Truth be told, being perceived as a minority by the dominant majority population has never seemed unusual to me. I was armed with confidence during my early upbringing, always encouraged by my parents and relatives to venture (with reasonable caution, of course) into uncharted waters. I was always told that education encompasses a broad spectrum of learning experiences, and that engaging the diverse cultures of others was a part of these experiences. I was eager to encounter and learn from whatever newfound situations would present themselves. Nevertheless, I harbored some of the fears that most new professors probably face upon beginning their academic careers.

I quickly became aware that relationships with faculty and students take on their own dimensions. African American faculty like myself, and this is probably true also for faculty of other minority groups who are fortunate enough to land positions in academia, are often confronted with students who have no apprehensions in announcing that they have never associated with, lived near, nor been taught by a person of color. Some students flatly refuse to begin such a social expedition, and withdraw from the course. Most others, though, do make the necessary effort and manage to learn from, as well as occasionally appreciate, the education that is often gained from the rational examination and exchange of ideas among peoples of diverse cultures.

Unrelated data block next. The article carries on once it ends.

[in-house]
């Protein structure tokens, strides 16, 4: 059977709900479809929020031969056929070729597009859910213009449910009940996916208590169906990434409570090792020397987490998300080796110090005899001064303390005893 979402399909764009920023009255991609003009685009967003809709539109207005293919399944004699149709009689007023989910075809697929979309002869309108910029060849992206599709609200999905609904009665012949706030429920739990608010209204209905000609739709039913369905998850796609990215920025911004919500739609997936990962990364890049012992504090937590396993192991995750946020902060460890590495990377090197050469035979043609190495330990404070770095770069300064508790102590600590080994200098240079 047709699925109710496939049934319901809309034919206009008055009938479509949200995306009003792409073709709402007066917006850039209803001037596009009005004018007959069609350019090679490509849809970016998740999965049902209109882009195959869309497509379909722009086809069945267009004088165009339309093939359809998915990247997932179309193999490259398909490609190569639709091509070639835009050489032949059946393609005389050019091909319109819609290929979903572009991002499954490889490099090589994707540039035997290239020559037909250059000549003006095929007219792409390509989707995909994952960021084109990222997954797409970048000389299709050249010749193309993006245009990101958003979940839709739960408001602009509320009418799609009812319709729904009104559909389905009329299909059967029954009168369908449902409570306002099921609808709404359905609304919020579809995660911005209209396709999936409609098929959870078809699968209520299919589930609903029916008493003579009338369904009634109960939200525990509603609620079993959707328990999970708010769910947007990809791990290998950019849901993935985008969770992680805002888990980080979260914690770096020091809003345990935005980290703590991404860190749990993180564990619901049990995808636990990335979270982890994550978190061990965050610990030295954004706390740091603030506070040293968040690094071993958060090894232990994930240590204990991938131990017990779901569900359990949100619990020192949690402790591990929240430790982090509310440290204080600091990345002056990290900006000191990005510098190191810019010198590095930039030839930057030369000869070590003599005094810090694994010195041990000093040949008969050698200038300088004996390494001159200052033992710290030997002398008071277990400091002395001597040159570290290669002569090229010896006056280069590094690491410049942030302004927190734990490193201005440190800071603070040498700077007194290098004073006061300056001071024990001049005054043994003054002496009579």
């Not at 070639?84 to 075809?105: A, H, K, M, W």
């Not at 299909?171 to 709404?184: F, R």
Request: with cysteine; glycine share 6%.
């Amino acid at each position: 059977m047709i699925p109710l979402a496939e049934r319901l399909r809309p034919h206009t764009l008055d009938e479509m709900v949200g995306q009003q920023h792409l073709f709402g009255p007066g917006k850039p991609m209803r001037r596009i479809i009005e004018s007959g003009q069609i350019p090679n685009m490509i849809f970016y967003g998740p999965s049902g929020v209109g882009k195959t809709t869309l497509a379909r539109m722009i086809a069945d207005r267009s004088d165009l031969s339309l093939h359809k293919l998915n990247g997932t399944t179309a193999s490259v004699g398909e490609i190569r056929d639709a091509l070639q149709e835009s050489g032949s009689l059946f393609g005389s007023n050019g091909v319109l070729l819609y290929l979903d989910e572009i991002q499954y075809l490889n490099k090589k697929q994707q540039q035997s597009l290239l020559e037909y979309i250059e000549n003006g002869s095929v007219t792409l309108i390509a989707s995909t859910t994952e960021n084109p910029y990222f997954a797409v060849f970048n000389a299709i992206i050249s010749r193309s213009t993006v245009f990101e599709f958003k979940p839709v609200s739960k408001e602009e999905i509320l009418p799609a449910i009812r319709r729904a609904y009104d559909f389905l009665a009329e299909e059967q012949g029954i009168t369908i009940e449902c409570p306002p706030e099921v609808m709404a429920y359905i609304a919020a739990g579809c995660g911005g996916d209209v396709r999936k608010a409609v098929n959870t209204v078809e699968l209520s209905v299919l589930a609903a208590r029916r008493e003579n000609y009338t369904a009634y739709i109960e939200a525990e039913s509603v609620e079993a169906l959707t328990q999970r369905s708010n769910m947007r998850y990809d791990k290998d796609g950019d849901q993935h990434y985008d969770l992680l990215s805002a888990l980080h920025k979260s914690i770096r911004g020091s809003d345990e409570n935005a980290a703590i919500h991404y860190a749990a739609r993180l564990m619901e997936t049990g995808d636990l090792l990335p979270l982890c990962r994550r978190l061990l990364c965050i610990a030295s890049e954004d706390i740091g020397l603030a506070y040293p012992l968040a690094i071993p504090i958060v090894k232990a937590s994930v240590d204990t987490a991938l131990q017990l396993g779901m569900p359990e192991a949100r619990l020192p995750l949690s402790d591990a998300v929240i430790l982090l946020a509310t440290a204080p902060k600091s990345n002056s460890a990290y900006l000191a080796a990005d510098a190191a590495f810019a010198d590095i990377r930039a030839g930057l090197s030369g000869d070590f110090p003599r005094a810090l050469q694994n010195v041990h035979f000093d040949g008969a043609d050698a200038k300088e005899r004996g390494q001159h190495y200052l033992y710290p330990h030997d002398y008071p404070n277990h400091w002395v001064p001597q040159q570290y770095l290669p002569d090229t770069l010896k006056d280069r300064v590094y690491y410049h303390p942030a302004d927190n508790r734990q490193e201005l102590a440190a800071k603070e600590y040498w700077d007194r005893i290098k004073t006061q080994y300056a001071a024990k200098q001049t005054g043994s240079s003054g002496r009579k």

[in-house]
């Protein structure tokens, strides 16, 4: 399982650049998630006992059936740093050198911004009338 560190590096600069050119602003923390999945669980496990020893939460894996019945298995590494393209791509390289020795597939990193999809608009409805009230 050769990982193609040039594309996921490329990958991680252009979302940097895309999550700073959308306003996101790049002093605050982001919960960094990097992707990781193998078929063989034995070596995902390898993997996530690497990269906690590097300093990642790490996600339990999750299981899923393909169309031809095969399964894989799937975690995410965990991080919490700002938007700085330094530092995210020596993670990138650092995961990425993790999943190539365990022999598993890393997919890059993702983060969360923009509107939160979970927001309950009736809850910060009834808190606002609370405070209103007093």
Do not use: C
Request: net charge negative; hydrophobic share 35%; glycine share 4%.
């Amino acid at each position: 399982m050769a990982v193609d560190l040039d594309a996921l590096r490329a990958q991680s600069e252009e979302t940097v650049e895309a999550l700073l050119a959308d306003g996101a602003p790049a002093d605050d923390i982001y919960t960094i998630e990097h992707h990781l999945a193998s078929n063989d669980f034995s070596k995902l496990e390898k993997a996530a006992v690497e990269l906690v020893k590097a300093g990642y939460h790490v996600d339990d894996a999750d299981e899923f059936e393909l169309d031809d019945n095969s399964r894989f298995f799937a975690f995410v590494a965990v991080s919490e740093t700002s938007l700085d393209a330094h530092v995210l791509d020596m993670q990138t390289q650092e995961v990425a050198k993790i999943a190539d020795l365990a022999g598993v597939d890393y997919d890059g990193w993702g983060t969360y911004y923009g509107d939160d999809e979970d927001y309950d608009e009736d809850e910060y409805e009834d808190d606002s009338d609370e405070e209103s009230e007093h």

During my first year of teaching, there were some conflicts that reared their troublesome heads; however, they were quickly outnumbered by the positive experiences. The negative situations tended to derive from insensitive comments, such as those of some students who used the term "Negro" rather than "African American" or "Black" when referring to the group. A few (generally older) students still employed the word "colored," a favored "polite" form of reference to African Americans used by past generations of Whites. One student even went so far as to say "your kind" when referring to African Americans. During one class period, another student voiced his assumption that I obviously was a beneficiary of affirmative action, and that this was the only reason that I was teaching him and his peers. "Is it not true," he asked me, "that almost all Black professionals benefit from affirmative action of some sort?" Since the majority of students, regardless of how disturbing or retrograde their comments were to be, were honest in expressing their prior assumptions, I responded to them in as dispassionate a manner as possible. Such situations reminded me of the many dilemmas that a number of minority groups have historically endured in academia. Given what I already knew as the diminutive level of knowledge that many Whites, professors as well as students, have about African Americans and other minorities, I was not totally unprepared for the naive questions and comments I encountered.